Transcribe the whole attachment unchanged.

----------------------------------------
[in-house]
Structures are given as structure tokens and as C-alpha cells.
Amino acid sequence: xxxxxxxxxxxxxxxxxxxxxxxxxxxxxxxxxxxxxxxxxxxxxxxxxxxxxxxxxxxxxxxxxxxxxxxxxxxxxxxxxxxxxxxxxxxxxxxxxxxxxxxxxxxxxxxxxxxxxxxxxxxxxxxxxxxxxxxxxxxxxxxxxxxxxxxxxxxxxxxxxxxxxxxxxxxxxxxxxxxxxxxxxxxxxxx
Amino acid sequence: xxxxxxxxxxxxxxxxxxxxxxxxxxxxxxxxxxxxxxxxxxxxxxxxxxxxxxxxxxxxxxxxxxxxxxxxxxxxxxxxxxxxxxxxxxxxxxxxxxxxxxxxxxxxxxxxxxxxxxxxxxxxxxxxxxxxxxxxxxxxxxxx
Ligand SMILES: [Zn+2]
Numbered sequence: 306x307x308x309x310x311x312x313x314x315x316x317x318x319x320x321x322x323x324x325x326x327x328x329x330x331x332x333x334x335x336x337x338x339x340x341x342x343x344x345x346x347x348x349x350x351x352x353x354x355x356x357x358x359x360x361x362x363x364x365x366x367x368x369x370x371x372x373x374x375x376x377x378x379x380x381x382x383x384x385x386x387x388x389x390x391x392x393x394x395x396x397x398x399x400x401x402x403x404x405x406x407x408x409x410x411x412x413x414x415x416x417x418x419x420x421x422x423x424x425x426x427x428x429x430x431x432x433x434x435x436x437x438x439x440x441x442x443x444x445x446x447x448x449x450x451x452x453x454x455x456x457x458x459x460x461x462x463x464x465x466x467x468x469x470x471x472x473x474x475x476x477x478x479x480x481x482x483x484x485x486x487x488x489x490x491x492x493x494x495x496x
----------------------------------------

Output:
[in-house]
Structures are given as structure tokens and as C-alpha cells.
Amino acid sequence: xxxxxxxxxxxxxxxxxxxxxxxxxxxxxxxxxxxxxxxxxxxxxxxxxxxxxxxxxxxxxxxxxxxxxxxxxxxxxxxxxxxxxxxxxxxxxxxxxxxxxxxxxxxxxxxxxxxxxxxxxxxxxxxxxxxxxxxxxxxxxxxxxxxxxxxxxxxxxxxxxxxxxxxxxxxxxxxxxxxxxxxxxxxxxxx
Amino acid sequence: xxxxxxxxxxxxxxxxxxxxxxxxxxxxxxxxxxxxxxxxxxxxxxxxxxxxxxxxxxxxxxxxxxxxxxxxxxxxxxxxxxxxxxxxxxxxxxxxxxxxxxxxxxxxxxxxxxxxxxxxxxxxxxxxxxxxxxxxxxxxxxxx
Ligand SMILES: [Zn+2]
Numbered sequence: 306x307x308x309x310x311x312x313x314x315x316x317x318x319x320x321x322x323x324x325x326x327x328x329x330x331x332x333x334x335x336x337x338x339x340x341x342x343x344x345x346x347x348x349x350x351x352x353x354x355x356x357x358x359x360x361x362x363x364x365x366x367x368x369x370x371x372x373x374x375x376x377x378x379x380x381x382x383x384x385x386x387x388x389x390x391x392x393x394x395x396x397x398x399x400x401x402x403x404x405x406x407x408x409x410x411x412x413x414x415x416x417x418x419x420x421x422x423x424x425x426x427x428x429x430x431x432x433x434x435x436x437x438x439x440x441x442x443x444x445x446x447x448x449x450x451x452x453x454x455x456x457x458x459x460x461x462x463x464x465x466x467x468x469x470x471x472x473x474x475x476x477x478x479x480x481x482x483x484x485x486x487x488x489x490x491x492x493x494x495x496x